Substance abuse, work addiction and complete avoidance of personal feelings do nothing in transcending stale narratives that only speak of hopelessness and victimization to external powers. But note that the noise that claims how things are worse than they have ever been in human history is untrue. The above sentences describing modern-day challenges are equally applicable to every past era as they are to the present.
And in spite of the noise, I believe we are actually evolving.
As we continue championing other’s authenticity as well as our own, we experience more and more minorities, women, and disenfranchised turning the volume up through civil engagement and thunderous demands for greater...
I was recently reminded of a powerful distinction – the difference between change and transformation. With change, I can make a different choice, but, I can always revert back to old behavior. I can change locations yet return to where I began. I can change my mind about a person, but, I can also revert back to thinking about them as I had before.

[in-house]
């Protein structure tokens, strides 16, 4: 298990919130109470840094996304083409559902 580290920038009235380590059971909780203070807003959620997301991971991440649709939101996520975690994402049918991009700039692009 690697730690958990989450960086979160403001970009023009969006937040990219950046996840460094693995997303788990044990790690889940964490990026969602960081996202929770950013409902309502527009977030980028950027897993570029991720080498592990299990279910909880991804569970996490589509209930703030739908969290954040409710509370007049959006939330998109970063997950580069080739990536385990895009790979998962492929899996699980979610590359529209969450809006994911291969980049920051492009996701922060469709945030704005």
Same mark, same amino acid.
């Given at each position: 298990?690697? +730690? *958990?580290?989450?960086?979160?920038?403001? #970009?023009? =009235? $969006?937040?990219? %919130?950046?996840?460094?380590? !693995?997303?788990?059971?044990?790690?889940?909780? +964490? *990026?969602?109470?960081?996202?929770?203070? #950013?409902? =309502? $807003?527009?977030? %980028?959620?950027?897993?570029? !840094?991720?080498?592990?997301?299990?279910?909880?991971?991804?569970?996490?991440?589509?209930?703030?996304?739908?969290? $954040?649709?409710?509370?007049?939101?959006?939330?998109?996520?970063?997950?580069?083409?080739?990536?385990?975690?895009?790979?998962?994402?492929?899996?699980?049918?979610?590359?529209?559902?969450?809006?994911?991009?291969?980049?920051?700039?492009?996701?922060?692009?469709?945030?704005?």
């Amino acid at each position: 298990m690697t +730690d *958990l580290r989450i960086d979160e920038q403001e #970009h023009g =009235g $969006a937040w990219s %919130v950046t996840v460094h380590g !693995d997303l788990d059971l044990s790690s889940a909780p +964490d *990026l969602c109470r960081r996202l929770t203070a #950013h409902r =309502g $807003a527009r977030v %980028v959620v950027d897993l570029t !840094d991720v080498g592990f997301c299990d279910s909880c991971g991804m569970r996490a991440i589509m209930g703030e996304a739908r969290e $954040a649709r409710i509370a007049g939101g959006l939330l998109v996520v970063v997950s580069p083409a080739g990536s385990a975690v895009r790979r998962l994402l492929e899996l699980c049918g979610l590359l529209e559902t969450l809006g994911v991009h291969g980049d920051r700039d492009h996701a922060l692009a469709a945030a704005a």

Change allows for reversals. Transformation does not.
A butterfly cannot reverse the metamorphosis and shove itself back into the casing of the caterpillar. An oak cannot be reduced back into the acorn. Each are transformed into an entirely different way of being.
It’s easy to laud this analogy when discussing these physical form examples but it is a bit more rigorous when it comes to defining transformation in consciousness. Who among us hasn’t had dozens of epiphanies, been handheld to the banks of metamorphosis only to pull a Lot’s wife backwards glance and revert back to what’s familiar?
Peace is felt in an atmosphere of surrender.
An atmosphere of surrender is available through letting go of the conventional.
Letting go the conventional requires the understanding that there are far more options available to consider than what you've seen modeled by others.
The risk of being labeled foolish will actually nurture peace in your heart.
Playing it safe will not.
I realize that to be in integrity with the demands of transformation within myself, I must risk looking foolish as well as risk other’s judgments and the accompanying feelings of abandonment. Although these human responses can be expected, it is never easy to witness or experience.
My one blazing goal as a teacher and coach is to bridge you from a certain level of thinking to another – to open you up – to show you through example and ability how these spiritual principles that we espouse are modeled and manifested through practice. It is nurturing free from coddling. My nurturing...